the government explains, “Oregon is one of a minority of jurisdictions which recognize
the possibility of an irrevocable license.” Def.’s Mot. at 23 quoting Brown v. Eoff, 271
Or. 7, 10–11 (1975). “An irrevocable license arises when the landowner’s promise to
allow a use of the land for an unlimited time induces the other party to make significant
expenditures for permanent improvements, consistent with the use for which the consent
was given.” Dority v. Hiller, 162 Or. App. 353, 357 (1999) (citing Brown, 271 Or. at 11).
“If the licensee proves by clear and convincing evidence that the consent was given and
that the licensee reasonably and detrimentally relied on the consent, then the landowner is
estopped from revoking the license.” Id. The Oregon Court of Appeals in Dority held
that the defendants had established an irrevocable license in a pipeline running under the
plaintiffs’ property when the defendants had installed the pipeline after the plaintiffs had
granted them permission to do so. Id. at 356.
The government asserts that “[t]he evidence obtained in discovery shows that both
the Horning Enterprises and Van Smith licenses likely became irrevocable after the
plaintiff or its successor constructed improvements based on the licenses.” Def.’s Mot. at
24. With respect to Horning Enterprises, the government argues that “[t]he letter from
the railroad returning a signed copy of its license to George Horning, the predecessor of
Horning Enterprises, refers to ‘an agreement relating to proposed installation of a sixinch steel PVC drainage pipeline,’ . . . thereby implying that the pipeline was later
installed in reliance on this license.” Id. (citing ECF No. 123-10 at 7). Additionally, for
the Van Smith property the government relies on Mr. Van Smith’s daughter’s response to
the United States’ interrogatory where she stated “that her father obtained his agreement
with the county for the purpose of obtaining a permit from the county to build his home”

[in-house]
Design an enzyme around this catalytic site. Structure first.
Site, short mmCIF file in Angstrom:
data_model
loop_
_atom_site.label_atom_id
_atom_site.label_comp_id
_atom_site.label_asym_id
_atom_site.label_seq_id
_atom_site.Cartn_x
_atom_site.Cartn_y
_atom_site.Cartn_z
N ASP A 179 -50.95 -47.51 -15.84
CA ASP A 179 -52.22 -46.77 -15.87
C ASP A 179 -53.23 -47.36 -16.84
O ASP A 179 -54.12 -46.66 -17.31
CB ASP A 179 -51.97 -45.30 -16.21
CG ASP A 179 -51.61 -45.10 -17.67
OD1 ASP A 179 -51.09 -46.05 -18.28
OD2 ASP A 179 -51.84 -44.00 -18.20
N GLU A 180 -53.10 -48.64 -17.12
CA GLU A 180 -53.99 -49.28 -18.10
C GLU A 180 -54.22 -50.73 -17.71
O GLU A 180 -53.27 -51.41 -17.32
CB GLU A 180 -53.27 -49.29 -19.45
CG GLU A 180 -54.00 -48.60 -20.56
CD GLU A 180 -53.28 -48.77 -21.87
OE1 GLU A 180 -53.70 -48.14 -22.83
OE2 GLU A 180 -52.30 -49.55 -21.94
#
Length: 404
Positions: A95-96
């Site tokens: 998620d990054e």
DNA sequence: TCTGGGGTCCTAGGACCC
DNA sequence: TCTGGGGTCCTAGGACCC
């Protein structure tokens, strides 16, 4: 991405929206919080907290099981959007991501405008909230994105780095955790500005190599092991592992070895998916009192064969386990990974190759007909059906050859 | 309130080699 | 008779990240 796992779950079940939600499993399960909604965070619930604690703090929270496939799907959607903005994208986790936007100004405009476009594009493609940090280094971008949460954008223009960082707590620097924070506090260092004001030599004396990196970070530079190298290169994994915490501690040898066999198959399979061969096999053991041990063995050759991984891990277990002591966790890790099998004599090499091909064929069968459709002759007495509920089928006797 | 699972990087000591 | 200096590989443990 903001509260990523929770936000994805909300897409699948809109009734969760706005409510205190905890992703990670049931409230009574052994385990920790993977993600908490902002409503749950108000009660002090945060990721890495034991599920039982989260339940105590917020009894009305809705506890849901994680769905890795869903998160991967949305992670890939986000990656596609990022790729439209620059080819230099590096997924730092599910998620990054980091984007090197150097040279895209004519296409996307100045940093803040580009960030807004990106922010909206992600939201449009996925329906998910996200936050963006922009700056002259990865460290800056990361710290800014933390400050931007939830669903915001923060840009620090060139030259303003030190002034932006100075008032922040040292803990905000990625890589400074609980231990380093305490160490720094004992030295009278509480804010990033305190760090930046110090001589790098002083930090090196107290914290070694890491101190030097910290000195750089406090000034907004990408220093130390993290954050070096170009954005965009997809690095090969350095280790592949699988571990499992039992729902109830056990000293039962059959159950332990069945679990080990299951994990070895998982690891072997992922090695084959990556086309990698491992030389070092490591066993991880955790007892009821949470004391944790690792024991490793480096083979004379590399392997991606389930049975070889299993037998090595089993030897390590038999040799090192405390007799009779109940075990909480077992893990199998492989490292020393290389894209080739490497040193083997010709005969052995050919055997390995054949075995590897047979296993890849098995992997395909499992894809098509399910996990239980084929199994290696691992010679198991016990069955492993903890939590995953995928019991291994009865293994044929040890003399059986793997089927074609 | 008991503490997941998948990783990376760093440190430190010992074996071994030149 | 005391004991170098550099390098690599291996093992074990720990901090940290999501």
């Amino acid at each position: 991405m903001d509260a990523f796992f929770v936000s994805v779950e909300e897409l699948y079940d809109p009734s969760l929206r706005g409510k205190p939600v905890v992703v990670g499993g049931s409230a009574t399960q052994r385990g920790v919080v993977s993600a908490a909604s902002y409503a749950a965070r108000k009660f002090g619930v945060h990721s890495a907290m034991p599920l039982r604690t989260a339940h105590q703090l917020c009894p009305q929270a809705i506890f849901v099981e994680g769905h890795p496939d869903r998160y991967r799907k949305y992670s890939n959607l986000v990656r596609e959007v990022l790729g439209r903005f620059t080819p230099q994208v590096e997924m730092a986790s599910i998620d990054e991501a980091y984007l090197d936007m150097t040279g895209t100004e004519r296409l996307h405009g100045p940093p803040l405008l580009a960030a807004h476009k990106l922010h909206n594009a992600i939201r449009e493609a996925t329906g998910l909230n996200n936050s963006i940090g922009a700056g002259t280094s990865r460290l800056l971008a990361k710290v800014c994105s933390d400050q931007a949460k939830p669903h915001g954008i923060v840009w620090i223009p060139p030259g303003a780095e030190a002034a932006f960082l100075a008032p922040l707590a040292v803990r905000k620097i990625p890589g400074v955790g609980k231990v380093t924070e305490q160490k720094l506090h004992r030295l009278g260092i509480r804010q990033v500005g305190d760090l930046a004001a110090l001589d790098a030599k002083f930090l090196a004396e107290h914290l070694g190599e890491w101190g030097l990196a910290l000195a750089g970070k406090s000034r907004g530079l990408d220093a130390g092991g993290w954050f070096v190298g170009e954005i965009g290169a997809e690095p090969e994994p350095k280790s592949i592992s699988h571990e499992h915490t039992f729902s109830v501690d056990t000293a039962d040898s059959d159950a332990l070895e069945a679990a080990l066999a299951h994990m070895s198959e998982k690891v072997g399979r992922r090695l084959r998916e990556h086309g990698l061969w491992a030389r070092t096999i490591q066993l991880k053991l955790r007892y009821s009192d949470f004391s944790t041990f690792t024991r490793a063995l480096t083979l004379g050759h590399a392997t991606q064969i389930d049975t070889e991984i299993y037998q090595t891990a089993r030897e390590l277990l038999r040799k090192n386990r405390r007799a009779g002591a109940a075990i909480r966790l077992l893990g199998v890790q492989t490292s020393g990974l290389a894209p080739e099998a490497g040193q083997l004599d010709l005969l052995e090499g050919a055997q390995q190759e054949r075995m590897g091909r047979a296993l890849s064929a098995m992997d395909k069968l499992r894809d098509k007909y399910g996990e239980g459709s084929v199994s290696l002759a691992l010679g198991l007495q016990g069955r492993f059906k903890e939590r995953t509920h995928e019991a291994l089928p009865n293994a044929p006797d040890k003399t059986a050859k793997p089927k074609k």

to argue that Mr. Van Smith’s “license became irrevocable after he built his home.” Id.
(citing ECF No. 132-8 (“Kelli Smith’s Response to Interrogatory No. 1 answering on
behalf of her father, Walter Van Smith: Benton County required Mr. Smith to get
permission from the railroad to cross the right-of-way in the late 1990s before he could
build his home.” (emphasis omitted)). The government further explains that “to the
extent Mr. Lyon’s appraisals are before the Court, Mr. Lyon stated in his appraisals of the
Horning Enterprises and Frances Oakes properties that ‘it is not reasonably probable to
assume that this [access] permit would be terminated as of the date of value.”’ Def.’s
Resp. at 11 (citing ECF No. 128-8 at 3; ECF No. 128-11 at 3).
Again, the plaintiffs argue, in response to the government’s contentions, that
regardless of whether the government’s reading of the law is correct, the plaintiffs’
crossing rights under their respective licenses have not been litigated, and thus their rights
are still uncertain. Pls.’ Resp. at 9–11. They argue that whether the potential for
litigation over the licenses would reduce their property values is an issue they should be
able to establish.
Finally, the government contends with regard to the plaintiffs whose crossing
rights were not reserved in their deeds or with a license, that these plaintiffs are also able